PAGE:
New York’s overall tax burden is the heaviest in the nation – a staggering $5,770 average for every man, woman and child, a new study found.
Per-capita state and local taxes are 36 percent higher in New York compared with the national average of $3,699 and 7 percent higher than the next most heavily taxed state, Connecticut.
The rankings, based on Census data for the 2004-05 fiscal year, were compiled by the Business Council of New York State’s Public Policy Institute, which found that New York’s tax burden grew by 9.9 percent over the prior year.
“This is the Empire State, but we’ve been losing jobs and losing business and losing population while our tax burden has been one of the highest for years and years,” said Matthew Maguire, a spokesman for the Business Council.
Tax statistics for the 2004-05 fiscal year are the latest available.
New York’s status at the top of the tax heap is a perennial problem, but the state and local governments, including New York City, have been slow to reduce the voracious rate of growth in public spending, fiscal watchdogs said.
“I think by this measure, we’ve been No. 1 forever,” E.J. McMahon, of the Manhattan Institute, said of the per-capita tax burden. “We may look worse by this measure, but we look bad by every measure.”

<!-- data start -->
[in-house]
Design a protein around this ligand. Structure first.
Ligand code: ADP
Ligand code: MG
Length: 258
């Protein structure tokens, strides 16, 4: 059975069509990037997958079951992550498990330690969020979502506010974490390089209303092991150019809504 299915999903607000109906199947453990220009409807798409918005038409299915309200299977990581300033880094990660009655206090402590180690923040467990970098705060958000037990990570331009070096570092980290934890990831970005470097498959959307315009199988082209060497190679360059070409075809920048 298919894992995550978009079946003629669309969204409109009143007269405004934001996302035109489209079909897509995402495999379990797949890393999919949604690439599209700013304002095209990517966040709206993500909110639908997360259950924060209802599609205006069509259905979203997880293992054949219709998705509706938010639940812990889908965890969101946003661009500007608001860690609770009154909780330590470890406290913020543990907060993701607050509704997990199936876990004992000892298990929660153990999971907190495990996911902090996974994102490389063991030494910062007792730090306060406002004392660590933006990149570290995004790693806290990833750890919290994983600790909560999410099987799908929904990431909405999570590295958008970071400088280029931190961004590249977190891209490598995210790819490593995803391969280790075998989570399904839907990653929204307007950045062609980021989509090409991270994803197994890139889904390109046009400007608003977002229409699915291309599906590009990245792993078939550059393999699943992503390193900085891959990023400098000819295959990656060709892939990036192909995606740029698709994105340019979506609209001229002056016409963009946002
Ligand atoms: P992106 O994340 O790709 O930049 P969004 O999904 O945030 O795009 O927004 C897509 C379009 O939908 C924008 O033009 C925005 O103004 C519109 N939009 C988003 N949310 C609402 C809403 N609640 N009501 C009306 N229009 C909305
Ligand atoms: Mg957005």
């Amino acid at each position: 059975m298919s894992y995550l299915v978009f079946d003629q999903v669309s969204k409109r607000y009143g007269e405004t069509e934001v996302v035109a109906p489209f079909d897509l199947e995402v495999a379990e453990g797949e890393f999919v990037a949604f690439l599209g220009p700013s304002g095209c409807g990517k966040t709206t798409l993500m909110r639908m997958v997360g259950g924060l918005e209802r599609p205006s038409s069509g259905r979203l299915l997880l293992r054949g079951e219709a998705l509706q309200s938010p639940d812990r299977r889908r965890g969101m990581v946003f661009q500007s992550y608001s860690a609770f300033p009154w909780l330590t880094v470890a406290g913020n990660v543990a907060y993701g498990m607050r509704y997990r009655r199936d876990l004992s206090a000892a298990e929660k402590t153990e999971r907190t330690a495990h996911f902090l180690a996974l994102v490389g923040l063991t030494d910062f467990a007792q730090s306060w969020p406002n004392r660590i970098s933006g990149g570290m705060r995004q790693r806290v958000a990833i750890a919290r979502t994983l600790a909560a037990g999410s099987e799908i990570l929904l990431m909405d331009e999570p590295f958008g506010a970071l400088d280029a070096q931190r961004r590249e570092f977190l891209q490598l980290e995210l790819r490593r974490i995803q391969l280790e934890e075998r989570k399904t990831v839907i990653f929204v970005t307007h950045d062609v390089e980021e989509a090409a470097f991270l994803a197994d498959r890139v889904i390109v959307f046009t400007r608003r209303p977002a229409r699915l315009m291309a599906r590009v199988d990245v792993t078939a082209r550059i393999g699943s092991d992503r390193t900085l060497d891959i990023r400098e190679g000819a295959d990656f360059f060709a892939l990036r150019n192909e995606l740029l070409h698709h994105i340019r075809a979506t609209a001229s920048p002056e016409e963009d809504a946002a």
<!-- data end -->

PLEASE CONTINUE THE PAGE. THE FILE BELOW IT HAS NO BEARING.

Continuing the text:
McMahon blamed New York’s astronomical Medicaid costs, school spending well above the national average, growing public debt and a government work force larger and better paid than other states.
Over the past 35 years, there were only two substantive attempts to slow the escalating tax rate, McMahon said, referring to the fiscal crisis of the 1970s and to several years during the 1990s when Gov. George Pataki and Mayor Rudy Giuliani cut taxes.
The analysis also found that New York had the fourth highest property tax in 2004-05, was third in debt and second in state and local spending at $11,841 per person.
New Jersey ranked first in property-tax burden, while Alabama and Mississippi were tied for the lowest per-capita taxes at $2,564.
Both Gov. Spitzer and Mayor Bloomberg said they are taking steps to address the tax burden.
“The governor is seriously aware that these issues are out there and we’re working as hard as we can to turn things around,” said Spitzer spokesman Brad Maione.
Bloomberg’s spokesman, John Gallagher, said the current budget proposal “has included $1 billion in tax cuts for homeowners, small businesses and everyone who shops in New York.”
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